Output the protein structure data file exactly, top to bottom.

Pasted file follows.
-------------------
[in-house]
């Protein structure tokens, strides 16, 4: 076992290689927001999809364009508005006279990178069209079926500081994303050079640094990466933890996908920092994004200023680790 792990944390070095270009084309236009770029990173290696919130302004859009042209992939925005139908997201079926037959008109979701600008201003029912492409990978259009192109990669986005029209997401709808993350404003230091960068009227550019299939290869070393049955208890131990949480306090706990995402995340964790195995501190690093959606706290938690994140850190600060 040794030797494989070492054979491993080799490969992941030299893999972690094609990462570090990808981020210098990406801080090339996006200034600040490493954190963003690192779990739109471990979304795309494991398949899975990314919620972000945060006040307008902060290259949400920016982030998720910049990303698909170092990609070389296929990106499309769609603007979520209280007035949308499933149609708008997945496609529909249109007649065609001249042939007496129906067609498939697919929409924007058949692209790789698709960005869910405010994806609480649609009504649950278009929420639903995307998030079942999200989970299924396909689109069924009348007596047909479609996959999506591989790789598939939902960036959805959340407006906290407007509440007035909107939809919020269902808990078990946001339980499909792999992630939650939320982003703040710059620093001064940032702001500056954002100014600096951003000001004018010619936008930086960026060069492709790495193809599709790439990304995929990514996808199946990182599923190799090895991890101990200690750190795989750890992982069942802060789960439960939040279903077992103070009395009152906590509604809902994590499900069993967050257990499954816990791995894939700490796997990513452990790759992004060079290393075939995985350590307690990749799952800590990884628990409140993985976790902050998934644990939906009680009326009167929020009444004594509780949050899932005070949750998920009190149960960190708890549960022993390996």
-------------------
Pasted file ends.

[in-house]
């Protein structure tokens, strides 16, 4: 076992290689927001999809364009508005006279990178069209079926500081994303050079640094990466933890996908920092994004200023680790 792990944390070095270009084309236009770029990173290696919130302004859009042209992939925005139908997201079926037959008109979701600008201003029912492409990978259009192109990669986005029209997401709808993350404003230091960068009227550019299939290869070393049955208890131990949480306090706990995402995340964790195995501190690093959606706290938690994140850190600060 040794030797494989070492054979491993080799490969992941030299893999972690094609990462570090990808981020210098990406801080090339996006200034600040490493954190963003690192779990739109471990979304795309494991398949899975990314919620972000945060006040307008902060290259949400920016982030998720910049990303698909170092990609070389296929990106499309769609603007979520209280007035949308499933149609708008997945496609529909249109007649065609001249042939007496129906067609498939697919929409924007058949692209790789698709960005869910405010994806609480649609009504649950278009929420639903995307998030079942999200989970299924396909689109069924009348007596047909479609996959999506591989790789598939939902960036959805959340407006906290407007509440007035909107939809919020269902808990078990946001339980499909792999992630939650939320982003703040710059620093001064940032702001500056954002100014600096951003000001004018010619936008930086960026060069492709790495193809599709790439990304995929990514996808199946990182599923190799090895991890101990200690750190795989750890992982069942802060789960439960939040279903077992103070009395009152906590509604809902994590499900069993967050257990499954816990791995894939700490796997990513452990790759992004060079290393075939995985350590307690990749799952800590990884628990409140993985976790902050998934644990939906009680009326009167929020009444004594509780949050899932005070949750998920009190149960960190708890549960022993390996």